I have a 1.5hp well pump on a 20a circuit at my cottage. I like to turn the
pump off during the week, but the switch is in a very inconvenient place. I
would like to replace the switch with a 120v relay, and run a switch off it
to near the front door.
I went to the local electrical supply and they recommended Grainger. I
checked Graingers catalog and they have thousands of relays.
Any idea which of them I want? Any alternate ideas/suppliers? Thanks.
Using a relay would over complicate the wiring. Just run a 12/2 cable from a
junction box ahead of the existing safety disconnect, to the new switch
location you want and break one leg through a 20 amp switch
Why did you say DPDT? Wouldn't an SPST or SPDT be enough. He didn't say
it was a 240 volt circuit, did he?
He could also use a relay with a 24 vac coil along with a 24 volt
transformer,which might make for a less complicated wiring job to his
Just in case, that's all. I figured if he was going to make a trip to the
supply house he might as well get a DPDT in case there was something else he
wanted to switch at the same time. They cost pretty much the same.
Yep, that's a good idea. That way he can run smaller gauge (and much cheaper)
cable to the pump, and it's much safer too.
X10 Appliance module and a remote wireless switch. Most hardware stores
sell some sort of switch and module under a few other brands. These are
particularly popular for christmas lights but should be available year
round. Check walmart
An X10 Appliance module will not handle a 1 1/2 HP motor.
Make sure the relay can handle the spec'ed HP of the motor. A problem with
relays, especially if they are abused is the contacts will weld themselves
Another problem is when switches use low current they can build up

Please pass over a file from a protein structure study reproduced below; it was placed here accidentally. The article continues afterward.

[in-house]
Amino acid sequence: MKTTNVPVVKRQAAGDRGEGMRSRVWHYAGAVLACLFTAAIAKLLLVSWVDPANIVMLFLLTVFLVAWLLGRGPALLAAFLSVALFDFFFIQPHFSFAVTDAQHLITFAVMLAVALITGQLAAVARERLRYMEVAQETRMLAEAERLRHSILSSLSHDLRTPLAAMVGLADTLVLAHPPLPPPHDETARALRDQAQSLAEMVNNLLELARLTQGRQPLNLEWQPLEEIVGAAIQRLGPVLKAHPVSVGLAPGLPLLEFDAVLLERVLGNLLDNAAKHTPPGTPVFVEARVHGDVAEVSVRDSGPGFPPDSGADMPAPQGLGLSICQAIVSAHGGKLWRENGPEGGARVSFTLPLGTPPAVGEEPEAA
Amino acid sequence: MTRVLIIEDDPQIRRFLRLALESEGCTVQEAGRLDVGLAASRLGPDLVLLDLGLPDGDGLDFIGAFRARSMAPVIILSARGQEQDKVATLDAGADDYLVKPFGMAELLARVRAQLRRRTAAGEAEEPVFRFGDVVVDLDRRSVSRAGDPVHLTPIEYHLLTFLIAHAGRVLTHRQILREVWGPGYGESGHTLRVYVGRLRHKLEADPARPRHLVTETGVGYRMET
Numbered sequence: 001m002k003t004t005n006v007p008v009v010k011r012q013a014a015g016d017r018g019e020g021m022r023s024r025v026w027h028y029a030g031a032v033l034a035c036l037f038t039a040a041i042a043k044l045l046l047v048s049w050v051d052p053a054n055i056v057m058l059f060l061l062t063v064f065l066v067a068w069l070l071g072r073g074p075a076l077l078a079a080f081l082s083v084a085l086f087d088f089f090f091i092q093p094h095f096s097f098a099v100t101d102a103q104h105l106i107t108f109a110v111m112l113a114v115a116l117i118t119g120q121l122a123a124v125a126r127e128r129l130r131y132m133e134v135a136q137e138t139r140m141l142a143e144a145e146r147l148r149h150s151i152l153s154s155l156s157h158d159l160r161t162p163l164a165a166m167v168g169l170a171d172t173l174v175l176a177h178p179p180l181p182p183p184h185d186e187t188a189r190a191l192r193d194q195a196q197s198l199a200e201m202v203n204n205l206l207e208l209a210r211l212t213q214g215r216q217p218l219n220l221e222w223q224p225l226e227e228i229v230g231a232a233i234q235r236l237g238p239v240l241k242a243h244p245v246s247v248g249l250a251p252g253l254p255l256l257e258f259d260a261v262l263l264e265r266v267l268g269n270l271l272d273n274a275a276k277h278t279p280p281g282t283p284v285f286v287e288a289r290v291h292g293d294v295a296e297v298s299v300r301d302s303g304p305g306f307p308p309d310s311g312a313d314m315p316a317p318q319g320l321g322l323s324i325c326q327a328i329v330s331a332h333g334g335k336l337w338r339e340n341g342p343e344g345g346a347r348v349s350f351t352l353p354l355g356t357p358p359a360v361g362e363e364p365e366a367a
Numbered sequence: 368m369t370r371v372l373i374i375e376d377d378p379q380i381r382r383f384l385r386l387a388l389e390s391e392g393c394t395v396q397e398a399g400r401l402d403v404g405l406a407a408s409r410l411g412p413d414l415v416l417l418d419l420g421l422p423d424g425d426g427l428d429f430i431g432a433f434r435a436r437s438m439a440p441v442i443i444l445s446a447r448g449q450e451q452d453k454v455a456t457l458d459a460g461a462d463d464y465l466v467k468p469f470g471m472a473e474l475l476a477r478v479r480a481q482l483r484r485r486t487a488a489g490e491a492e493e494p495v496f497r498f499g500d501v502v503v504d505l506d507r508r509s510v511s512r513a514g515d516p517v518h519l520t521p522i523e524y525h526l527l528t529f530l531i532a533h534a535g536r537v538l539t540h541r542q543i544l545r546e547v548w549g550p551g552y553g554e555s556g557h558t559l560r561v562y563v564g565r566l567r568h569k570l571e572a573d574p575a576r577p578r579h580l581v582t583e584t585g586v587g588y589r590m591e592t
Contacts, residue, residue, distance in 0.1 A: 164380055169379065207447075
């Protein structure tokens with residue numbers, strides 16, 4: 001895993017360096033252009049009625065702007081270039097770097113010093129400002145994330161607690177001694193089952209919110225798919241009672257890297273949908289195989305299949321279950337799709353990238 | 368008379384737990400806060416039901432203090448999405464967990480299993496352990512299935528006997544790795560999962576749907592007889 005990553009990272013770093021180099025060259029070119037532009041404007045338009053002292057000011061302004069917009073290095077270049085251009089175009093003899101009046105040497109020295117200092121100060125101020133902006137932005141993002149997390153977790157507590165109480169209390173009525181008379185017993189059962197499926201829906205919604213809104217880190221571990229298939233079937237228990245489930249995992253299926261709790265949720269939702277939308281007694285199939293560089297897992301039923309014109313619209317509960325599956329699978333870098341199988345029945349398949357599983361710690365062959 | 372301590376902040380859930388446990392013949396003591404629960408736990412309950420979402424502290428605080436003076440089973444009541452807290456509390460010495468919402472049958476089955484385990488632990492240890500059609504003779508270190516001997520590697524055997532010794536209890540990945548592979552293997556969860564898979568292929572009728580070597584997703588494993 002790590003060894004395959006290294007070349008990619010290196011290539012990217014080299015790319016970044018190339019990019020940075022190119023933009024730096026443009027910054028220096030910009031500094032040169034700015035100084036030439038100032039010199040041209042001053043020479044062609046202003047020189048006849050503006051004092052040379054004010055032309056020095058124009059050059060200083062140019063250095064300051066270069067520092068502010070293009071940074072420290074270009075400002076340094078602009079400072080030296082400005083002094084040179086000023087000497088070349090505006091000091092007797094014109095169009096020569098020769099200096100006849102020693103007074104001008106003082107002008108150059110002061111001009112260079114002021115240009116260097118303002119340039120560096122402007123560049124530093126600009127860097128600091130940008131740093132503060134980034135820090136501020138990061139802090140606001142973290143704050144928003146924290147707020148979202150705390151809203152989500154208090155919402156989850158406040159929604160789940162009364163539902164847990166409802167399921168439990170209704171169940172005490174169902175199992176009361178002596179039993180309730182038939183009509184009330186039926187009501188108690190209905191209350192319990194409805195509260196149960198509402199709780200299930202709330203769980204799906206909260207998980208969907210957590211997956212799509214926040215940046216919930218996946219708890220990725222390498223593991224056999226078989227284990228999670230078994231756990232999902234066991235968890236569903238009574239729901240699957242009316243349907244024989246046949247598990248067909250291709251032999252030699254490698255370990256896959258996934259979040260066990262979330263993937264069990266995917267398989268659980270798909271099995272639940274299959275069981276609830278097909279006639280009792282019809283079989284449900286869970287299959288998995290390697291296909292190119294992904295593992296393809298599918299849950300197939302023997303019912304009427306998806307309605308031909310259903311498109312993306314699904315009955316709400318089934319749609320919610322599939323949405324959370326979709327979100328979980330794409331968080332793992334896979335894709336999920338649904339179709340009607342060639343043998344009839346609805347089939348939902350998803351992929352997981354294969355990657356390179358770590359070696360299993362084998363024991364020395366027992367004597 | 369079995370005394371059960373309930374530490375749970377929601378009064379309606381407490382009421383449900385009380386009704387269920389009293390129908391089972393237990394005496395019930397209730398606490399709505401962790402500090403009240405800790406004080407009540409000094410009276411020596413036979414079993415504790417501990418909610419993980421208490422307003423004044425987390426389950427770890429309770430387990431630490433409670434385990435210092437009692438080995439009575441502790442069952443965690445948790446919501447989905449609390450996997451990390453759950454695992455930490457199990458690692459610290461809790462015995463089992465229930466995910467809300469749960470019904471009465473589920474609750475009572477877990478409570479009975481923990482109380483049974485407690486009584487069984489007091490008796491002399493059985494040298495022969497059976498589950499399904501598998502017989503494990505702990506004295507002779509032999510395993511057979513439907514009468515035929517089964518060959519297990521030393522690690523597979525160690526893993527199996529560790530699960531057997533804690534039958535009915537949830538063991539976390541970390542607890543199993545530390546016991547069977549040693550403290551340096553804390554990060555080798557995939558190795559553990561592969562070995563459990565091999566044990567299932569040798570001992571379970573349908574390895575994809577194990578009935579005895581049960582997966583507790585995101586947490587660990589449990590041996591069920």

contamination because there is not enough curernt to keep the switch
clean. So be sure to use a switch rated for the voltage you intend to use.
Very happy to see that posting. Completely agree adding the wording
'low or zero current'! And 'sealed' switches/relays where you can't
get at the contacts a problem.
That's why low voltage switches and relays can sometimes be a pain to
Even though relay contacts and switches often designed to slightly
wipe their contacts each time operated contact corrosion can occur, so
that when switch is operated to make contact nothing happens!
It was standard practice in he telecomm industry to provided 'contact
wetting' , which consisted of a very small current (usually of the
order of one thousandth of an amp) flowing in the 'Off' condition to
prevent contact contamination which could occur in quite clean
environments. Gave the term 'Dirty Contact' a whole new meaning!
Wetting often not possible with low voltage control circuits.
To the OP, a length of 2 wire (or 3 wire) #12 or #14 (Plus ground)
run to a 15 amp switch somewhere near the exit door and interposed
into the black live lead of the pump circuit would do it?
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